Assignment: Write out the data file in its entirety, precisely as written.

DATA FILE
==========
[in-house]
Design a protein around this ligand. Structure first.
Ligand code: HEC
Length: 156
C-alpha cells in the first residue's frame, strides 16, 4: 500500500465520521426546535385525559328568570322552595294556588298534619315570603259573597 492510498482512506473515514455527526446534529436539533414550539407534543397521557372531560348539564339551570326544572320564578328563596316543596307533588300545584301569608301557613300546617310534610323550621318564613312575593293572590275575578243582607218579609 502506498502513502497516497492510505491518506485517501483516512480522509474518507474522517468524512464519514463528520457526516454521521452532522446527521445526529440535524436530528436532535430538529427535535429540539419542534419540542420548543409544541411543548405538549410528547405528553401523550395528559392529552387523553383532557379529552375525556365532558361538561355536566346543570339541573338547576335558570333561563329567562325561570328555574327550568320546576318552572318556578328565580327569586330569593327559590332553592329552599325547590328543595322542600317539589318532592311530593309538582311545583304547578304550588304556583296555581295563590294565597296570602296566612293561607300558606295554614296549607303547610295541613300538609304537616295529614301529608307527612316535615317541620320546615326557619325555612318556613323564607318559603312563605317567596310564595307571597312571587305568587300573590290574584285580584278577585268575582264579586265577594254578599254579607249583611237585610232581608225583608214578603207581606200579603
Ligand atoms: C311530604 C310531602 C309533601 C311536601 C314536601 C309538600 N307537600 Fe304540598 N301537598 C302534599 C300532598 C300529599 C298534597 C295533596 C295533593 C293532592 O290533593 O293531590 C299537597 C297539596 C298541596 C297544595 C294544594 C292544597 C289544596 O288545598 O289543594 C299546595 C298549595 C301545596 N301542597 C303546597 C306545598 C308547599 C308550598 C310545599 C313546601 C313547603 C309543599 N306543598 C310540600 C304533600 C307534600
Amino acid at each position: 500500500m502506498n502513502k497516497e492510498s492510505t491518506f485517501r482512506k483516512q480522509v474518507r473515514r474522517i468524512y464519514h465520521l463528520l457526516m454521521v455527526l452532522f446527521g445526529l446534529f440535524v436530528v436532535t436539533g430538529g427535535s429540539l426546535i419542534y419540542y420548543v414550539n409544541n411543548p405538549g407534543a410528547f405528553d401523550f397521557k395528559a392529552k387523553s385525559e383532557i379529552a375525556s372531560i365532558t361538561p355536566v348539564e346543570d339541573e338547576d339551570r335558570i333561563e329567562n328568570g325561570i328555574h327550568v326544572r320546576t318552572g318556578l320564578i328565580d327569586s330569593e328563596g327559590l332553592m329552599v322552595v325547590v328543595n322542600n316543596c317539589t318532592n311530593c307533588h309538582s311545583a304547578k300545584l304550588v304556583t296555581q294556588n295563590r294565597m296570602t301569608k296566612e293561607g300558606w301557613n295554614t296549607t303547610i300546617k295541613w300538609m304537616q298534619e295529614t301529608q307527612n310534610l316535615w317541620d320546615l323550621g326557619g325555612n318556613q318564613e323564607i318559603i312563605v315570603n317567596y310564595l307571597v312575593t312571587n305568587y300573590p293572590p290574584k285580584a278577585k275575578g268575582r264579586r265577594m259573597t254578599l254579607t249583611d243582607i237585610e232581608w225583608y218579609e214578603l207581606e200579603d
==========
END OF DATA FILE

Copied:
[in-house]
Design a protein around this ligand. Structure first.
Ligand code: HEC
Length: 156
C-alpha cells in the first residue's frame, strides 16, 4: 500500500465520521426546535385525559328568570322552595294556588298534619315570603259573597 492510498482512506473515514455527526446534529436539533414550539407534543397521557372531560348539564339551570326544572320564578328563596316543596307533588300545584301569608301557613300546617310534610323550621318564613312575593293572590275575578243582607218579609 502506498502513502497516497492510505491518506485517501483516512480522509474518507474522517468524512464519514463528520457526516454521521452532522446527521445526529440535524436530528436532535430538529427535535429540539419542534419540542420548543409544541411543548405538549410528547405528553401523550395528559392529552387523553383532557379529552375525556365532558361538561355536566346543570339541573338547576335558570333561563329567562325561570328555574327550568320546576318552572318556578328565580327569586330569593327559590332553592329552599325547590328543595322542600317539589318532592311530593309538582311545583304547578304550588304556583296555581295563590294565597296570602296566612293561607300558606295554614296549607303547610295541613300538609304537616295529614301529608307527612316535615317541620320546615326557619325555612318556613323564607318559603312563605317567596310564595307571597312571587305568587300573590290574584285580584278577585268575582264579586265577594254578599254579607249583611237585610232581608225583608214578603207581606200579603
Ligand atoms: C311530604 C310531602 C309533601 C311536601 C314536601 C309538600 N307537600 Fe304540598 N301537598 C302534599 C300532598 C300529599 C298534597 C295533596 C295533593 C293532592 O290533593 O293531590 C299537597 C297539596 C298541596 C297544595 C294544594 C292544597 C289544596 O288545598 O289543594 C299546595 C298549595 C301545596 N301542597 C303546597 C306545598 C308547599 C308550598 C310545599 C313546601 C313547603 C309543599 N306543598 C310540600 C304533600 C307534600
Amino acid at each position: 500500500m502506498n502513502k497516497e492510498s492510505t491518506f485517501r482512506k483516512q480522509v474518507r473515514r474522517i468524512y464519514h465520521l463528520l457526516m454521521v455527526l452532522f446527521g445526529l446534529f440535524v436530528v436532535t436539533g430538529g427535535s429540539l426546535i419542534y419540542y420548543v414550539n409544541n411543548p405538549g407534543a410528547f405528553d401523550f397521557k395528559a392529552k387523553s385525559e383532557i379529552a375525556s372531560i365532558t361538561p355536566v348539564e346543570d339541573e338547576d339551570r335558570i333561563e329567562n328568570g325561570i328555574h327550568v326544572r320546576t318552572g318556578l320564578i328565580d327569586s330569593e328563596g327559590l332553592m329552599v322552595v325547590v328543595n322542600n316543596c317539589t318532592n311530593c307533588h309538582s311545583a304547578k300545584l304550588v304556583t296555581q294556588n295563590r294565597m296570602t301569608k296566612e293561607g300558606w301557613n295554614t296549607t303547610i300546617k295541613w300538609m304537616q298534619e295529614t301529608q307527612n310534610l316535615w317541620d320546615l323550621g326557619g325555612n318556613q318564613e323564607i318559603i312563605v315570603n317567596y310564595l307571597v312575593t312571587n305568587y300573590p293572590p290574584k285580584a278577585k275575578g268575582r264579586r265577594m259573597t254578599l254579607t249583611d243582607i237585610e232581608w225583608y218579609e214578603l207581606e200579603d